Montgomery Co. township map.
Understanding the county's township boundaries makes it easier to locate an
ancestor on census returns.
1960 Arkansas Minor Civil Divisions-Townships (1960 census)
NSDD county map
Index to U.S. Geological Survey Topographic Maps, Montgomery Co. area. The Ranger District Offices sells the actual maps.
|Buck Knob||Brushy Ck Mtn||Sims||Story||Fannie||Avant|
|Pine Ridge||Oden||Mt Ida||Reed Mtn||McGraw Mtn||Crystal Springs|
|Big Fork||Polk Ck Mtn||Norman||Caddo Gap||Bonnerville||Pearcy|
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Tanner's work in the early 1840s.
1891 Harold later became known as Cedar Glades.
1898 Map with townships marked (not census townships)
1915 Railways map
U.S. Geological Survey, 1935
The red circle is the location of Cedar Glades now under Lake Ouachita.
2008 2009 Microsoft Virtual Earth -aerial
Remembering Arkansas - Interstate highways put
state on road to change by
Tom W. Dillard
The Arkansas Democrat Gazette 2 April 2006
This year marks the 50th birthday of the American interstate highway system. The construction of interstate highways in Arkansas profoundly changed the state, opening new opportunities for development, but at the same time spawning massive urban sprawl. Having now lived in the Fayetteville area for more than a year, I can fully comprehend how, for example, the construction of Interstate 540 from the Fort Smith area to Bentonville has made it possible for Northwest Arkansas to capitalize on its opportunities.
I can recall a trip my family took in the pre-interstate days of the late 1950s from our farm in rural Montgomery County to Benton in Saline County. I do not recall much about what was then a long trip - about three hours to cover the 80 miles or so, most of it on a route that has been known as the Mount Ida Road for more than 150 years, but that the Arkansas Highway and Transportation Commission designates as Arkansas 5. Sadly for me, the most memorable scene on the trip for this elementary school country boy was that of two men engaged in a fierce fistfight. They were fighting in the front yard of an aging white farmhouse, somewhere deep in the Ouachita Mountains. My second memory of that trip was of my older cousin driving me out to see the new "freeway" (Interstate 30) as it was being constructed through Benton. I could not comprehend so much red clay earth, which to a child seemed endless, cutting through pine-covered hills that had only months before sheltered deer, and foxes, and little boys playing in home-made forts. While I mourn the loss of green space to the interstates - and while it is sad to think of how wrong we got the whole issue of rural land use - I do appreciate the convenience of the ribbons of concrete highways that allowed me recently to glide through Benton at 70 mph and to make the drive from Hot Springs to Little Rock in less than an hour.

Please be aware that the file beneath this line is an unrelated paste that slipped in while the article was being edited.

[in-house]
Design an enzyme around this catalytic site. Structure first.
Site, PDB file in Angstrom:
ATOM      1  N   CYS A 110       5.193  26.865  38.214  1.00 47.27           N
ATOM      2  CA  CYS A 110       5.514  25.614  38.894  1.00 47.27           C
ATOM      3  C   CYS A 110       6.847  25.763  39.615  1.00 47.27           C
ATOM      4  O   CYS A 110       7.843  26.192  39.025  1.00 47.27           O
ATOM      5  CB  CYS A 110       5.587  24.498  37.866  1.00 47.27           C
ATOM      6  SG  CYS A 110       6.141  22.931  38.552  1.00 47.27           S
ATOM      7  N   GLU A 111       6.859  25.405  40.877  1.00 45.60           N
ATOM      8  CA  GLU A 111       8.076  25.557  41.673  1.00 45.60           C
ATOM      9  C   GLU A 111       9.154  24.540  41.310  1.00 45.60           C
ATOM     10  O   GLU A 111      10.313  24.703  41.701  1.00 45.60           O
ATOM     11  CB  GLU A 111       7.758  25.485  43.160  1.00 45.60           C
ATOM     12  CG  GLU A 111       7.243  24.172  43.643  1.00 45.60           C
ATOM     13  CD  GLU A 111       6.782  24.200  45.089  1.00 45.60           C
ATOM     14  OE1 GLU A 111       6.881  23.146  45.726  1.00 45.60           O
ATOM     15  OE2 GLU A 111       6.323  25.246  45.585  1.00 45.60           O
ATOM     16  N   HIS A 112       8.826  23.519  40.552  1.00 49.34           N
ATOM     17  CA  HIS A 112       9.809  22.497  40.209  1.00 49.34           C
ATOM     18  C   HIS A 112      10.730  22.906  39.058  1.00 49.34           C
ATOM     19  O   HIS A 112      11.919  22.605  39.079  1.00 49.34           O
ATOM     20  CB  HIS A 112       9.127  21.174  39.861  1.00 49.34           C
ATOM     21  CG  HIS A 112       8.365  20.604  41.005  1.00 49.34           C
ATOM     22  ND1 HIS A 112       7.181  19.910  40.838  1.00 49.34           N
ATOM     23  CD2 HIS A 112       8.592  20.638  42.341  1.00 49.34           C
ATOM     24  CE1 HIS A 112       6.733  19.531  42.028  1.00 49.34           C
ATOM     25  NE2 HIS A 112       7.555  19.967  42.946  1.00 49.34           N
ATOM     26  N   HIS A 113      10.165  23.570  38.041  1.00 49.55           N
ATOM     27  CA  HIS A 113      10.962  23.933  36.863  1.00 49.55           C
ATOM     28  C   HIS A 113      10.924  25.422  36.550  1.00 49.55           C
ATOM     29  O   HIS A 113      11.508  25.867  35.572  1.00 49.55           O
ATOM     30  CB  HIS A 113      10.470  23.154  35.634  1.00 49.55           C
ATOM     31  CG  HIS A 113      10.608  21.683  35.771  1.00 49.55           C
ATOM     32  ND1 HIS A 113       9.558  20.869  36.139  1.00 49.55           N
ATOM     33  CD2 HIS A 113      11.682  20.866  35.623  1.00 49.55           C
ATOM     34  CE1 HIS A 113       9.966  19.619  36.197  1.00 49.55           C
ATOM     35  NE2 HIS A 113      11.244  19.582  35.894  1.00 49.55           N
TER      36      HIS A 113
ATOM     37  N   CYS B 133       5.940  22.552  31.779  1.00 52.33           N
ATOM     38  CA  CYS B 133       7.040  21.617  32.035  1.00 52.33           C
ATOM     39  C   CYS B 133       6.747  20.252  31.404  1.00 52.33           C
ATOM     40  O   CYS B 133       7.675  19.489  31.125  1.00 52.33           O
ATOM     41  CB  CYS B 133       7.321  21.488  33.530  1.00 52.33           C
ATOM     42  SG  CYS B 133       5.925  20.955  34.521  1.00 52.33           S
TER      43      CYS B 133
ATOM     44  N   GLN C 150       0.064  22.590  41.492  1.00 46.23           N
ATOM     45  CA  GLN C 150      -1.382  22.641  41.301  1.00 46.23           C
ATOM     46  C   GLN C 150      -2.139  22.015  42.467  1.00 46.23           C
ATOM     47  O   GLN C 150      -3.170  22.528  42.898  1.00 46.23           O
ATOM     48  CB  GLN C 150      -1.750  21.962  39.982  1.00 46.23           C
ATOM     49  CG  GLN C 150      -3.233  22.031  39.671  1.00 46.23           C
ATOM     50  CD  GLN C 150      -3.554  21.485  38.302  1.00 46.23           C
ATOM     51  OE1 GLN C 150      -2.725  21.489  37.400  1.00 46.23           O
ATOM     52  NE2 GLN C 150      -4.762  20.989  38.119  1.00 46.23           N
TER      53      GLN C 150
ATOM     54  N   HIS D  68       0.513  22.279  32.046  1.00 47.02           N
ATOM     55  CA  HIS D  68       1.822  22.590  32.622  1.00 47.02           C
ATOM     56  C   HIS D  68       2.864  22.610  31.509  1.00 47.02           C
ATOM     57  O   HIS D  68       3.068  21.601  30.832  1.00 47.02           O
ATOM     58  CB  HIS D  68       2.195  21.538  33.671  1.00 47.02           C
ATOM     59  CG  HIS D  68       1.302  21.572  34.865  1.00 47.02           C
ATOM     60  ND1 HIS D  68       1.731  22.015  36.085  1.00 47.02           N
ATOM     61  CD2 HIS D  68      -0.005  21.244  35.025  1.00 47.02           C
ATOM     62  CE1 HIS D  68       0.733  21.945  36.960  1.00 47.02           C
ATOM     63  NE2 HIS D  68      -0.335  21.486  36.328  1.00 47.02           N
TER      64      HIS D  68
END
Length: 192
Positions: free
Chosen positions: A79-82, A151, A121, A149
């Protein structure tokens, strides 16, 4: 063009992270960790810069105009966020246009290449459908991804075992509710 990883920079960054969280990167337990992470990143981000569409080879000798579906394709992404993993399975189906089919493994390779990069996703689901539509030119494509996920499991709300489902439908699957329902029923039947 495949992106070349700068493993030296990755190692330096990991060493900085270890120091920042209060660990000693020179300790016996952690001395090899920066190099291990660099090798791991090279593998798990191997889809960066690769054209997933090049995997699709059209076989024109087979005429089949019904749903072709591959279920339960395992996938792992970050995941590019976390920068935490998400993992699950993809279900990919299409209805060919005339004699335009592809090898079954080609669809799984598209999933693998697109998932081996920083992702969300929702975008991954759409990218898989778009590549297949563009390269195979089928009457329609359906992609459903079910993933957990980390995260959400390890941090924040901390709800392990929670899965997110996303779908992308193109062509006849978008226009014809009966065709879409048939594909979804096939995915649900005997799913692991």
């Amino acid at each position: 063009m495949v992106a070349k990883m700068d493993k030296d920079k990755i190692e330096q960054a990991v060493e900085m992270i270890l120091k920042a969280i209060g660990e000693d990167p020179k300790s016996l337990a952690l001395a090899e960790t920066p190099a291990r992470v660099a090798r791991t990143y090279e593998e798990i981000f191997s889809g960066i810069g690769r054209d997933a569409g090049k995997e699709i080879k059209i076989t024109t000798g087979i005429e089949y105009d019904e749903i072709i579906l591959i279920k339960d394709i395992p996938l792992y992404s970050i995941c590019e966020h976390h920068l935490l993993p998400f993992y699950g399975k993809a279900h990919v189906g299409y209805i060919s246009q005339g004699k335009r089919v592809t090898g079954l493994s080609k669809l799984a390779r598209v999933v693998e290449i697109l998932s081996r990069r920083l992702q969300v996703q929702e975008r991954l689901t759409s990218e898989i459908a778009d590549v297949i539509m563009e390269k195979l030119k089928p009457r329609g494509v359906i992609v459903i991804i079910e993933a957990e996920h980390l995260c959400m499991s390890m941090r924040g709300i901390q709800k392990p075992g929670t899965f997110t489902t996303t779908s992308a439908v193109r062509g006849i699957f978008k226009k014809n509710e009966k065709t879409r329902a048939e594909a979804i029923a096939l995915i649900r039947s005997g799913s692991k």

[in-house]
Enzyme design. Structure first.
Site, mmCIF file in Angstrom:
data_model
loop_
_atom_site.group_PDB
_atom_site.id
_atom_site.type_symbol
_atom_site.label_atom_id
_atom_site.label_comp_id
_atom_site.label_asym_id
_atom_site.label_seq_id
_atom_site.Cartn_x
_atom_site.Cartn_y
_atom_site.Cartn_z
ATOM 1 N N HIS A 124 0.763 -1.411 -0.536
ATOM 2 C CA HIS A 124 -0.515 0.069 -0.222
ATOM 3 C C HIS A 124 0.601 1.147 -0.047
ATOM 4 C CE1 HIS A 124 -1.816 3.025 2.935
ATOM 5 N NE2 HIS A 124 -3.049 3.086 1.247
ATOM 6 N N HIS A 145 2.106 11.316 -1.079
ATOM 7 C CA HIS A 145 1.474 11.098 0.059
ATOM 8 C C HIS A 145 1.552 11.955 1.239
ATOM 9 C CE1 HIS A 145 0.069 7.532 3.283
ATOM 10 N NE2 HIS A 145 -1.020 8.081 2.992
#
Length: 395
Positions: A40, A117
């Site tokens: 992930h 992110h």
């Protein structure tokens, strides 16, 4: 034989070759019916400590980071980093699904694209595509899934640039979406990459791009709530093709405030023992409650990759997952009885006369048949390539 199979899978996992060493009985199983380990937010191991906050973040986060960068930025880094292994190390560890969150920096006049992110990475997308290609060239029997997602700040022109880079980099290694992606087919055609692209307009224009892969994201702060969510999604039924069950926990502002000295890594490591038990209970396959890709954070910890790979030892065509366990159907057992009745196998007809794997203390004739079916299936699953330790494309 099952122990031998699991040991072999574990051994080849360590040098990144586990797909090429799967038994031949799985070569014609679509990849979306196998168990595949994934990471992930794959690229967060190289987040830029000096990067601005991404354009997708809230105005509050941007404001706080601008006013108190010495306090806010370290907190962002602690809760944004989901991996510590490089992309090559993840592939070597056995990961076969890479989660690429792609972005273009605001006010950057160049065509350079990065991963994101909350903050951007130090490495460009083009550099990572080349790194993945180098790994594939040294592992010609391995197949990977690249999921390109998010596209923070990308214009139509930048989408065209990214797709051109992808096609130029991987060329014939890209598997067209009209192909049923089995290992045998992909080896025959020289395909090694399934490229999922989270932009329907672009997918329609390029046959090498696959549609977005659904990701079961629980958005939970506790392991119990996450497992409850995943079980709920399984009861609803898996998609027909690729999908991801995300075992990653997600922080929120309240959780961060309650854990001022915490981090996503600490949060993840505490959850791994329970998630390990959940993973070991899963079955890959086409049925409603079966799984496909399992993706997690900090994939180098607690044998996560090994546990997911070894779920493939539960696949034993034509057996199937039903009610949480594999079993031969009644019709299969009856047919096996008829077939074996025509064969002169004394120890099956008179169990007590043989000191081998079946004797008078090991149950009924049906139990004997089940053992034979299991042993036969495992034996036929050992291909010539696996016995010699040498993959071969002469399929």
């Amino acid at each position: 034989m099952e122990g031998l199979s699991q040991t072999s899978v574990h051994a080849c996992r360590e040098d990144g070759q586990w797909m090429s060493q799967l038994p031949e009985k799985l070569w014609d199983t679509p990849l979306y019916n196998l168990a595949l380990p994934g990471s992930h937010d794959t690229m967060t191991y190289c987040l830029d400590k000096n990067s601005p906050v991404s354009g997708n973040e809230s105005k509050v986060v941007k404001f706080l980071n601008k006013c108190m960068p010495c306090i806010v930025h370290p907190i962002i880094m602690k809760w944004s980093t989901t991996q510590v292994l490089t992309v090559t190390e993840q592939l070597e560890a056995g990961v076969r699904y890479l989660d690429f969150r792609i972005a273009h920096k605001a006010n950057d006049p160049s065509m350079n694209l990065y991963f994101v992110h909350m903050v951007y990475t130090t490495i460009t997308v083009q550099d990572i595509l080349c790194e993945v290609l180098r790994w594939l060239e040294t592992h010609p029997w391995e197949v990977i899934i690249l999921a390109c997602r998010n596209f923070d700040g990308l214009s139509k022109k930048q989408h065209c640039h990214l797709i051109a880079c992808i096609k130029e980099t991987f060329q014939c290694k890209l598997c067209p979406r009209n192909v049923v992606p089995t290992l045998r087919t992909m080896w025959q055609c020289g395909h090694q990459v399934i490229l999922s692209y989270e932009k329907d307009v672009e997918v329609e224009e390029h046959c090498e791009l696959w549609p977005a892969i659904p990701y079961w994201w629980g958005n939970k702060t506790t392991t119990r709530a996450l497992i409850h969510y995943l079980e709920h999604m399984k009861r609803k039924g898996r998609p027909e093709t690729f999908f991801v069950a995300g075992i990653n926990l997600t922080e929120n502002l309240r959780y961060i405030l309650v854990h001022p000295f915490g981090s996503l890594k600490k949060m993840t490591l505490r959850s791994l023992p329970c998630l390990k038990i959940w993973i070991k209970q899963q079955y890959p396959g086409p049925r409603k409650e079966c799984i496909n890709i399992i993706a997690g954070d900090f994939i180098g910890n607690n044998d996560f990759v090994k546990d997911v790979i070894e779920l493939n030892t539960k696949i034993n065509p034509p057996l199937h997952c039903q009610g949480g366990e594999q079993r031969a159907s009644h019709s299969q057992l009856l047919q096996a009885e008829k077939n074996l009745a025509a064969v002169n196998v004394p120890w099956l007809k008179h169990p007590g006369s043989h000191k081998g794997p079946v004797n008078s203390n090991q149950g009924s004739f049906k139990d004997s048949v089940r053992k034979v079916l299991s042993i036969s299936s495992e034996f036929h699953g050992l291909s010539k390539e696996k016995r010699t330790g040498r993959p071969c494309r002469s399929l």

President Dwight D. Eisenhower signed the legislation creating the interstate highway system on June 29, 1956. The same legislation created a highways trust fund that enabled the federal government to pick up 90 percent of the costs. While Eisenhower does deserve credit for helping make the interstate system happen, the idea for such a national system of roadways goes back long before World War II. Beginning in 1931, federal teams plotted the first plan for such an interstate system, which provided for three north south superhighways as well as three running east-west. With the passage of the 1956 legislation, federal taxes on gasoline and other travel-related items were dedicated to the Highway Trust Fund, which provided a steady stream of income and enabled a pay-as-you-go approach. Since 1958, a hefty $129 billion has been spent on the interstate system, with the national government providing $114 billion of that. The states were expected to absorb most of the costs involved in preliminary engineering and right-of way acquisition. The national government was pleased with the pace of construction in Arkansas. In May 1962 the U.S. Bureau of Public Roads announced that Arkansas was leading the nation in building its share of the interstate system. Arkansas ended up with two major interstate routes, I-40 running east west from Memphis to Fort Smith, and I-30 from Fort Worth, which terminates at its junction with I-40 in North Little Rock. Additionally, Arkansas is home to several small interstates of more recent origin. The first of these to be completed was I-630 in Little Rock. The road started out in the 1960s as an effort to speed up the commute from the western suburbs of Little Rock to downtown. The completion of the interstate system was one of the great public works accomplishments of humanity. Of course, it has had its downside, including helping encourage suburban sprawl - not to mention helping put our railways out of the passenger business.